How To Use Training Zones To Enhance Endurance Training

If you are an endurance athlete who is serious about improving your performance, setting training zones is hugely important to getting the most out of your training. This article explains the basics behind training zones, provides a number of methods to calculate your training zones, and explains why they are a useful tool for training.

Training Zones

Training intensity exists on a continuum, with intensity being measured in either speed or power output depending on the endurance sport. Runners and swimmers will use speed or paces, whereas cyclists will use power output. By dividing the training intensity continuum into bands or groups, we get training zones.

There are numerous different methods for setting training zones, however, this article will focus on the 3-zone model as it is based on robust physiological thresholds and is simple to implement. It is the most commonly used model in sports science research and is used by the Loughborough Cycling Academy who conduct their testing in the physiology lab.

Setting Training Zones

Depending on what equipment you have access to, there are different methods for setting training zones. We’ll take a look at two methods: lactate thresholds and critical power or speed.

Lactate Thresholds

The gold standard method for setting training zones is to use lactate thresholds determined from a graded exercise test completed in a lab. As the intensity increases throughout the test, blood lactate concentration rises and the relationship between the intensity of exercise and blood lactate concentration is use to identify lactate thresholds. Lactate testing can be done for running, cycling, rowing, and swimming (with a portable lactate analyser). 

The first lactate threshold, also known as LT1 or the aerobic threshold is used to demarcate zone 1 and 2. LT1 is defined as the lowest intensity at which there is a sustained increase in blood lactate concentration above resting values 1. The second lactate threshold, also known as LT2 or maximal lactate steady state (MLSS) is used to demarcate zone 2 and 3. LT2 is defined as the intensity that causes a rapid increase in blood lactate indicating the upper limit of equilibrium between lactate production and clearance 1.

The figure below shows a cyclist’s results from a lactate threshold test, with the 3-zone model overlaid.

Critical Power Method

If you don’t have access to lactate threshold testing in a lab, using critical power and an estimation of LT1 is another method to set your training zones. This method is primarily targeted at cyclists with access to power output – check below for the critical speed method! Whilst there is debate over whether critical power is analogous to LT2 or MLSS 2, critical power provides a physiological threshold to demarcate zones 2 and 3 3.

To determine your critical power, you can use the following protocol outlined below 4.

 Complete a full warm up to prepare yourself for maximal testing efforts.

  1. Complete a 3-minute time trial, recording the maximal average power you can produce for 3 minutes.
  2. Rest for 40 minutes.
  3. Complete a 12-minute time trial, recoding the maximal average power you can produce for 12 minutes.

 Based on your 3 and 12-minute time trial power averages, you can use this link to calculate your critical power.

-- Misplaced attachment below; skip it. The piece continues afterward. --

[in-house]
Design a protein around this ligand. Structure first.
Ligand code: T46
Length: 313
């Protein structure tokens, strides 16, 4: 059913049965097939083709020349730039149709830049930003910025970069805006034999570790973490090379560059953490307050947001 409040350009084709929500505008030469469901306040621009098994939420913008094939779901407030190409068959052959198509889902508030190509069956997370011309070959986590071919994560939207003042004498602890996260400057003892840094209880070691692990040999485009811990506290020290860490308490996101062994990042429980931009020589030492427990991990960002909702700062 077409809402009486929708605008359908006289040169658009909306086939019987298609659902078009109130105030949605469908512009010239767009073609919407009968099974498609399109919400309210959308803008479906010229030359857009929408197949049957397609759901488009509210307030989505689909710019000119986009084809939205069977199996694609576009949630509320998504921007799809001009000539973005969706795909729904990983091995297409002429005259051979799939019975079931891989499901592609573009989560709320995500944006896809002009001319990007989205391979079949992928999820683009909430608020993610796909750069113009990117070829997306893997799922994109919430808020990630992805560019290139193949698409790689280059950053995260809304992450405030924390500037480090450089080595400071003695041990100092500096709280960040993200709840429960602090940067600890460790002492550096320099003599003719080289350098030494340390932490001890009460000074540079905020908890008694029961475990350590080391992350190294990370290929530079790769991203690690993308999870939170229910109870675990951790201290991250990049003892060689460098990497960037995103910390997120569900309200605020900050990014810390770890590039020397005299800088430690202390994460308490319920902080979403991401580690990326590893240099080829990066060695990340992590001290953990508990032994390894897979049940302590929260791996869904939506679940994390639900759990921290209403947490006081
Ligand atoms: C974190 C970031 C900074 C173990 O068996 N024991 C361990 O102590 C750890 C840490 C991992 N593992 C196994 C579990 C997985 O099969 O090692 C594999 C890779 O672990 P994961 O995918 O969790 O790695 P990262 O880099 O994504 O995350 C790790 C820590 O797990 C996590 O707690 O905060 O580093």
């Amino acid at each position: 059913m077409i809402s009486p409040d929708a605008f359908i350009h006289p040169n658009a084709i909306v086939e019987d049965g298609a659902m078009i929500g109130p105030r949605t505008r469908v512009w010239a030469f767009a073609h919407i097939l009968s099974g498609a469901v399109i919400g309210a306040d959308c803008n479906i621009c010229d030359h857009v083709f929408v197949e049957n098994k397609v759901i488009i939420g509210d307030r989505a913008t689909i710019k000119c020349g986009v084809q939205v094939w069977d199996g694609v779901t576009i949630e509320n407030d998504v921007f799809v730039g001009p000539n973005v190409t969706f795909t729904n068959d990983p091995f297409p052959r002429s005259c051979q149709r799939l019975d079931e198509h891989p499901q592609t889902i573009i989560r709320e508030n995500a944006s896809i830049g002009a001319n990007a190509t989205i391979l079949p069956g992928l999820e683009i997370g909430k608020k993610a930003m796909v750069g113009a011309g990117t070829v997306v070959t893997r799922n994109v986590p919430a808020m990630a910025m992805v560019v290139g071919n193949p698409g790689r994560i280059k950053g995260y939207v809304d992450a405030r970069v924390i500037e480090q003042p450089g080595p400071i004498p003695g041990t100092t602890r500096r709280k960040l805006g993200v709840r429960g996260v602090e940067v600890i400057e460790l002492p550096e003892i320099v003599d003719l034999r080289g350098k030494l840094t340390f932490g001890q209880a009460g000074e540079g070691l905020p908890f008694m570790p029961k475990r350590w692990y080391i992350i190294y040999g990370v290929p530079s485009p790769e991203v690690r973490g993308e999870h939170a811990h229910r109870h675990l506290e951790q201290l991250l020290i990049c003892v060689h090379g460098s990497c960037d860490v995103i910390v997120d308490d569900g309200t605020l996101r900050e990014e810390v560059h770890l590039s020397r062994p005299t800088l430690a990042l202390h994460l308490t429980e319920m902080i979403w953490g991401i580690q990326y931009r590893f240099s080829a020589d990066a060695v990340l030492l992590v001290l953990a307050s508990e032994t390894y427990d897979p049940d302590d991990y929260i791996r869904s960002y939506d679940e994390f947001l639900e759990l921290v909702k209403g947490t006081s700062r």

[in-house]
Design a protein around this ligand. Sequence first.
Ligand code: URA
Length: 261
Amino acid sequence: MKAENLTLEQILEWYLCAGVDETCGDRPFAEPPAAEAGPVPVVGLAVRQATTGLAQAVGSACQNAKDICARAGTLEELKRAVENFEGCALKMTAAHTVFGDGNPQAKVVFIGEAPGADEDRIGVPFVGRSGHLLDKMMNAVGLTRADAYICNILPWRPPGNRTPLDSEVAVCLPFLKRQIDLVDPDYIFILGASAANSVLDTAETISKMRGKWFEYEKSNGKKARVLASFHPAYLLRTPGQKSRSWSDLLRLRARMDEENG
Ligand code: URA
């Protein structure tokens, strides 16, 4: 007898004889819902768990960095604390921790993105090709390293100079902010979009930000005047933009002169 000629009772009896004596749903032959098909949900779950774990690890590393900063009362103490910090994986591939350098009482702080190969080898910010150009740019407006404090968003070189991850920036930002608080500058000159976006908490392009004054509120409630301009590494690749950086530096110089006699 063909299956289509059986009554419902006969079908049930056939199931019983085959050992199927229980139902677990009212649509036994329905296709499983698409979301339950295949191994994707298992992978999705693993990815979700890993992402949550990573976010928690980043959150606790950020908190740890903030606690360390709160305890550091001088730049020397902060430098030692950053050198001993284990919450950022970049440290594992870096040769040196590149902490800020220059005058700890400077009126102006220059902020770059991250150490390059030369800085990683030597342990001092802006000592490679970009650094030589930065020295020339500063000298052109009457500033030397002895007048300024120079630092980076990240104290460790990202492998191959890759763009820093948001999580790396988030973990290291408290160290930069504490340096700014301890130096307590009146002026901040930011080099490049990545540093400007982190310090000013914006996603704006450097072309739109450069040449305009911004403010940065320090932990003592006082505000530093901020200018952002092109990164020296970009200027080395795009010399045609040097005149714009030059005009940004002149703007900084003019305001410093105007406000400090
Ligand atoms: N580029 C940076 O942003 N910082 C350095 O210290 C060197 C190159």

Ongoing research in the School of Sport, Exercise and Health Sciences at Loughborough University suggests that you can estimate you LT1 based on your critical power result. Based on the data collect so far, LT1 equates to roughly 70-75% of your critical power. For example, a cyclist with a critical power of 300W would have an estimated LT1 of 210W. For more information on this research, check out the recording from the Cycling Science Symposium held at Loughborough last year.

Critical Speed Method

For endurance athletes competing in sports that don’t have the luxury of accurate power measurement, critical speed is a useful alternative that works on the same principles as critical power. Similar to critical power, it provides a clear physiological threshold to delineate between zone 2 and 3. To determine your critical speed, you will need complete an all-out time trial approximately lasting ~3 minutes and another lasting ~12 minutes (these could be taken from race times). The protocol below is a running specific protocol 5.

  1. Complete a full warm up to prepare yourself for maximal testing efforts.
  2. Complete a 1200m time trial, recording the duration of the time trial.
  3. Rest for 30 minutes.
  4. Complete a 3600m time trial, recording the duration of the time trial.

Based on your distances and durations, you can use this link to calculate your critical speed. 

Although the relationship between critical speed and LT1 has not been the subject of the research here at Loughborough, the same relationship likely exists – LT1 equating to 70-75% of critical speed. For example, a runner with a critical speed of 15 km/hr would have an estimated LT1 of ~11 km/hr.

Now What?

So now you’ve set your training zones, you may be asking – what next? Setting training zones has many benefits including (1) the ability prescribe training sessions based on the adaptations you’re trying to elicit and (2) the ability to analyse your training intensity distribution. These are topic we’ll be covering on the website over the coming weeks so be sure to check back for more!

References

  1. Bourdon (2013) Physiological Tests for Elite Athletes
  2. Jones et al. (2017) The maximal metabolic steady state: redefining the ‘gold standard’.
  3. Jones & Vanhatalo (2018) The ‘Critical Power’ Concept: Applications to Sports Performance with a Focus on Intermittent High-Intensity Exercise
  4. Simpson & Kordi (2016) Comparison of Critical Power and W¢ Derived from Two or Three Maximal Tests.
  5. Kordi et al. (2019) Comparison of Critical Speed and D' Derived From 2 or 3 Maximal Tests